Women with pre-existing heart disease experience more pregnancy-related complications than do healthy pregnant women. This systematic review by Marlies Kampman et al. aimed to identify a relationship between abnormal uteroplacental Doppler flow patterns, maternal cardiac function, before and during pregnancy, and poor perinatal outcome. From the 10 studies included in the analysis, Kampman found that perhaps there is a role for routine uteroplacental Doppler investigations in women with known cardiac dysfunction, as early recognition of risk factors can help adapt pregnancy care in these women. In addition, it may be beneficial to subject women with hypertension, abnormal uterine artery Doppler measurements and subsequent complicated pregnancy outcome to a detailed cardiac assessment in order to diagnose cardiac dysfunction and unrecognized cardiac defects and modify treatment to prevent progression to overt clinical heart failure.

View the full free access article.

Cerebroplacental ratio at 35–37 weeks’ gestation in the prediction of adverse perinatal outcome
Doppler assessment of impedance to flow in the umbilical artery, fetal middle cerebral artery and the ratio of the pulsatility index in these vessels, or cerebroplacental ratio (CPR), are used to assess fetal oxygenation. Fetal blood sampling studies have shown that low CPR is associated with fetal hypoxemia and acidemia. It could therefore be argued that, if adverse outcome is the consequence of impaired placentation, prenatal care should be directed at identifying hypoxemic rather than small fetuses and, consequently, screening should focus on the detection of pregnancies with low CPR rather than those with low estimated fetal weight. This screening study, published by Kypros Nicolaides’ group found that umbilical and fetal middle cerebral artery Doppler measured at 35–37 weeks’ gestation have poor prediction rates (6 – 15%) and a false-positive rate of about 6% in the prediction of poor perinatal outcome.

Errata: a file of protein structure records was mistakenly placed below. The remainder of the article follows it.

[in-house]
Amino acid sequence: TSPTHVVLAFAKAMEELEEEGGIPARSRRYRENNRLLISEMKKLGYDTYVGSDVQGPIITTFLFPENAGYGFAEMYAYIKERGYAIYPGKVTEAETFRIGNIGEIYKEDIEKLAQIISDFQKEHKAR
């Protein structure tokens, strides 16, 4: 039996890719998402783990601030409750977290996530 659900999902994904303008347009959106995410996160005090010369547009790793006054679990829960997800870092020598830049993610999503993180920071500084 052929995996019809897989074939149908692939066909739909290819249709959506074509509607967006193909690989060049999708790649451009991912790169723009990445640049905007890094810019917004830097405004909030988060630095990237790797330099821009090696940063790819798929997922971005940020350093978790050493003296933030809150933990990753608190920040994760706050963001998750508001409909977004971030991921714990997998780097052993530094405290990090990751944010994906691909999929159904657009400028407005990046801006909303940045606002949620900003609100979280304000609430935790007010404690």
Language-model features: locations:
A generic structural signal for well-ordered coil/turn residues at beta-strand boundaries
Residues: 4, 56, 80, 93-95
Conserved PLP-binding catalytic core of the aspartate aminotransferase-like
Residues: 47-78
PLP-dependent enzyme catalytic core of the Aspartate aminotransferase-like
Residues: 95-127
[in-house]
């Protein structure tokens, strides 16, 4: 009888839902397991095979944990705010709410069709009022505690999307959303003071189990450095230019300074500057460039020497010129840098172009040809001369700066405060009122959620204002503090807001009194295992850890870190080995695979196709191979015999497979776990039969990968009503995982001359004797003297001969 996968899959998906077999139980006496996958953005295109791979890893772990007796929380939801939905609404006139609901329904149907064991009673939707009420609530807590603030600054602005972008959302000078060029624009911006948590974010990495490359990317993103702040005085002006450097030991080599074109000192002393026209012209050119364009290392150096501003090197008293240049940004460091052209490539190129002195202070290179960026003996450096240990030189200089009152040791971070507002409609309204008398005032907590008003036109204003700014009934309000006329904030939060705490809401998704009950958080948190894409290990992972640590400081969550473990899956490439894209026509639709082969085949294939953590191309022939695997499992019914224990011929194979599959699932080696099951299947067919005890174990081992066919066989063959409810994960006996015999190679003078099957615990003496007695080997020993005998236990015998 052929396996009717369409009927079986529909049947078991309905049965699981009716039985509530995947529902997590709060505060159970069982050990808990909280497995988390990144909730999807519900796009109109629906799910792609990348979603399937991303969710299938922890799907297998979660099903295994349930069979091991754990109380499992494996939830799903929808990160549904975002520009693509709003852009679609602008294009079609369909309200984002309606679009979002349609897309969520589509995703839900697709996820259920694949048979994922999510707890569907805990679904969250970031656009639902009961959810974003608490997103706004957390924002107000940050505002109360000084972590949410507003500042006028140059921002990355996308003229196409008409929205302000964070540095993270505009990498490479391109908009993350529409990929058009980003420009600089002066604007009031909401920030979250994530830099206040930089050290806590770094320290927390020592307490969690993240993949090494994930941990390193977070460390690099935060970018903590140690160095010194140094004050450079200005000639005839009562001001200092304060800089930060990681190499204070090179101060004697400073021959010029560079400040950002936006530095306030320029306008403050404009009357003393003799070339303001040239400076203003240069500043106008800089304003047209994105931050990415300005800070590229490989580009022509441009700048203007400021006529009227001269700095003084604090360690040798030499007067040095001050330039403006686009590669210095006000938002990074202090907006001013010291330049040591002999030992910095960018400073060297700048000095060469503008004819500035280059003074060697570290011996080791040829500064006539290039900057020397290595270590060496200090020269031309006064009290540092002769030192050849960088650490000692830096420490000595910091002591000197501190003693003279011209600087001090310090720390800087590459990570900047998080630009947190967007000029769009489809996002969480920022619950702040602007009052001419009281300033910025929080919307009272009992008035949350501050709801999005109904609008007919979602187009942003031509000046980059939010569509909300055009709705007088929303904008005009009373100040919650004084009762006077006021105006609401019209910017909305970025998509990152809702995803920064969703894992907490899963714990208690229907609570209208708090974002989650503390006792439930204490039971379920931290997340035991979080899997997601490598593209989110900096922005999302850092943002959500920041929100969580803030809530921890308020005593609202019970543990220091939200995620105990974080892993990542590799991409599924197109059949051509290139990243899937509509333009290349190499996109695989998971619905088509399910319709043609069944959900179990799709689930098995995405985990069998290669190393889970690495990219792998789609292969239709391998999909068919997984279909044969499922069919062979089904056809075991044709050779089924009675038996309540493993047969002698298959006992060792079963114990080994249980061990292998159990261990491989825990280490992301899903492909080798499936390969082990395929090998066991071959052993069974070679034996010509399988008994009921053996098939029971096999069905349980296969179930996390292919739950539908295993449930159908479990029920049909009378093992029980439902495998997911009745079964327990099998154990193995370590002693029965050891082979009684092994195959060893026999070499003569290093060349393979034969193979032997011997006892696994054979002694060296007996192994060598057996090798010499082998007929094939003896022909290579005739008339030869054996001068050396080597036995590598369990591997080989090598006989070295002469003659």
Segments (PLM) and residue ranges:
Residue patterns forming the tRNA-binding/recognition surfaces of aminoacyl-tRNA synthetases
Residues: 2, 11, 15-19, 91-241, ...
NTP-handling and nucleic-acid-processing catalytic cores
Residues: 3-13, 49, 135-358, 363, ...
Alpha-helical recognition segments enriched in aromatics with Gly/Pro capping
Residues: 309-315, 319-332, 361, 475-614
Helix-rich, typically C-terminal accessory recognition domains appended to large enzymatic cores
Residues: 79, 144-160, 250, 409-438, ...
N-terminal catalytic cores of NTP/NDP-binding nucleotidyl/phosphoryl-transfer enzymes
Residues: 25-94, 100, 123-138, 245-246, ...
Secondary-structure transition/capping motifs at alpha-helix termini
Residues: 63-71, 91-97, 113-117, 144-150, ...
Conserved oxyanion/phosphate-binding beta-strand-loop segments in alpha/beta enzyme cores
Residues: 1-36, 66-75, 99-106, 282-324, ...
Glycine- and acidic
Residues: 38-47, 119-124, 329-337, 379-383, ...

View the full free access article and Journal Club slides. This month’s Journal Club slides were compiled by Dr Aly Youssef. ISUOG members can earn CME points for our Journal club articles.

Ultrasound examination after insertion of intrauterine contraceptive device immediately after delivery could predict success of its retention
Contraceptive prevalence in the majority of developed countries is a high as 70% and, in 2007, there were an estimated total of 162 680 000 women using intrauterine contraceptive devices (IUDs) worldwide. Insertion of an IUD immediately after delivery is promising as women are highly motivated to use contraception and the setting at the time of delivery is convenient for both the woman and the provider. Expulsion rate of IUDs varies between 7% and 15%, indicating a higher rate of unsuccessful retention when an IUD is inserted at the time of delivery compared to insertion 6 weeks after delivery. In addition, a malpositioned device can greatly increase the risk of pregnancy due to a reduction in efficacy. Therefore the use of ultrasound in predicting successful retention could be invaluable. In this globally relevant article by Tiran Dias et al., it was determined that ultrasound could be used to predict the success of postvaginal delivery and post-Cesarean section IUD insertion and an optimal distance between the lower end of the IUD and the internal os was identified.

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This article is only available to subscribers of UOG; remember to log into the ISUOG website to access this article, or become an ISUOG member to subscribe to UOG.